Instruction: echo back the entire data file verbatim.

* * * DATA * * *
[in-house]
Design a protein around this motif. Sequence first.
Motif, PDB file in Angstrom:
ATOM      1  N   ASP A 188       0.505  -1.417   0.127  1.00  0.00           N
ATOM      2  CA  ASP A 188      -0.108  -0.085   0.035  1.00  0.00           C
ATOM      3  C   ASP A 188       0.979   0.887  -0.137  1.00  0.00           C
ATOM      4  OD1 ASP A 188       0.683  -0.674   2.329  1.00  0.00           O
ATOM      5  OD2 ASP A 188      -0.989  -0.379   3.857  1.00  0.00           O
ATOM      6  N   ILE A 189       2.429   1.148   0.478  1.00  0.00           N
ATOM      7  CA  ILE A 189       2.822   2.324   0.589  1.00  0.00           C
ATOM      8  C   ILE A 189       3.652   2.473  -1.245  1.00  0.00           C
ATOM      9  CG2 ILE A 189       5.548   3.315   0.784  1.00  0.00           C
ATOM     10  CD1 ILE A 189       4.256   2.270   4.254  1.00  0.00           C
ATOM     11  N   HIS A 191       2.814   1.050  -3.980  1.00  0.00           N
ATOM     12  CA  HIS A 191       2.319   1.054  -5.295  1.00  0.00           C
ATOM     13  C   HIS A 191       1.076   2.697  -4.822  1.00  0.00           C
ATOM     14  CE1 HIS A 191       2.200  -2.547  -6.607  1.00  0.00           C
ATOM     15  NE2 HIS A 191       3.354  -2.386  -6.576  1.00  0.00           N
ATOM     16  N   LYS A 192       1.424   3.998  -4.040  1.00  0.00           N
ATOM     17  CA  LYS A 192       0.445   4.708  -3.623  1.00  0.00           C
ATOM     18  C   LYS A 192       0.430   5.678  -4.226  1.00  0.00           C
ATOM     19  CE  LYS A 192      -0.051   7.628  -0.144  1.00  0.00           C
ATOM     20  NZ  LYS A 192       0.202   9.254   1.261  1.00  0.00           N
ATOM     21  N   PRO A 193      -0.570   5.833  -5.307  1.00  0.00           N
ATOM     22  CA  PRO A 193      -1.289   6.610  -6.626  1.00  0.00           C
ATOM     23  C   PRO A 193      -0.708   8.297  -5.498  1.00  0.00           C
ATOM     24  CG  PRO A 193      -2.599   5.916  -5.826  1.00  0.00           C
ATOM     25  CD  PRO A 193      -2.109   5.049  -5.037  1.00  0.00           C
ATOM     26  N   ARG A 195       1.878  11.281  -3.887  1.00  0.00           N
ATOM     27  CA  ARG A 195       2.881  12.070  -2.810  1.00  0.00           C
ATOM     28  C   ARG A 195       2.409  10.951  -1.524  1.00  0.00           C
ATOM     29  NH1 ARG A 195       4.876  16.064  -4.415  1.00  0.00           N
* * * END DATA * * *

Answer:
[in-house]
Design a protein around this motif. Sequence first.
Motif, PDB file in Angstrom:
ATOM      1  N   ASP A 188       0.505  -1.417   0.127  1.00  0.00           N
ATOM      2  CA  ASP A 188      -0.108  -0.085   0.035  1.00  0.00           C
ATOM      3  C   ASP A 188       0.979   0.887  -0.137  1.00  0.00           C
ATOM      4  OD1 ASP A 188       0.683  -0.674   2.329  1.00  0.00           O
ATOM      5  OD2 ASP A 188      -0.989  -0.379   3.857  1.00  0.00           O
ATOM      6  N   ILE A 189       2.429   1.148   0.478  1.00  0.00           N
ATOM      7  CA  ILE A 189       2.822   2.324   0.589  1.00  0.00           C
ATOM      8  C   ILE A 189       3.652   2.473  -1.245  1.00  0.00           C
ATOM      9  CG2 ILE A 189       5.548   3.315   0.784  1.00  0.00           C
ATOM     10  CD1 ILE A 189       4.256   2.270   4.254  1.00  0.00           C
ATOM     11  N   HIS A 191       2.814   1.050  -3.980  1.00  0.00           N
ATOM     12  CA  HIS A 191       2.319   1.054  -5.295  1.00  0.00           C
ATOM     13  C   HIS A 191       1.076   2.697  -4.822  1.00  0.00           C
ATOM     14  CE1 HIS A 191       2.200  -2.547  -6.607  1.00  0.00           C
ATOM     15  NE2 HIS A 191       3.354  -2.386  -6.576  1.00  0.00           N
ATOM     16  N   LYS A 192       1.424   3.998  -4.040  1.00  0.00           N
ATOM     17  CA  LYS A 192       0.445   4.708  -3.623  1.00  0.00           C
ATOM     18  C   LYS A 192       0.430   5.678  -4.226  1.00  0.00           C
ATOM     19  CE  LYS A 192      -0.051   7.628  -0.144  1.00  0.00           C
ATOM     20  NZ  LYS A 192       0.202   9.254   1.261  1.00  0.00           N
ATOM     21  N   PRO A 193      -0.570   5.833  -5.307  1.00  0.00           N
ATOM     22  CA  PRO A 193      -1.289   6.610  -6.626  1.00  0.00           C
ATOM     23  C   PRO A 193      -0.708   8.297  -5.498  1.00  0.00           C
ATOM     24  CG  PRO A 193      -2.599   5.916  -5.826  1.00  0.00           C
ATOM     25  CD  PRO A 193      -2.109   5.049  -5.037  1.00  0.00           C
ATOM     26  N   ARG A 195       1.878  11.281  -3.887  1.00  0.00           N
ATOM     27  CA  ARG A 195       2.881  12.070  -2.810  1.00  0.00           C
ATOM     28  C   ARG A 195       2.409  10.951  -1.524  1.00  0.00           C
ATOM     29  NH1 ARG A 195       4.876  16.064  -4.415  1.00  0.00           N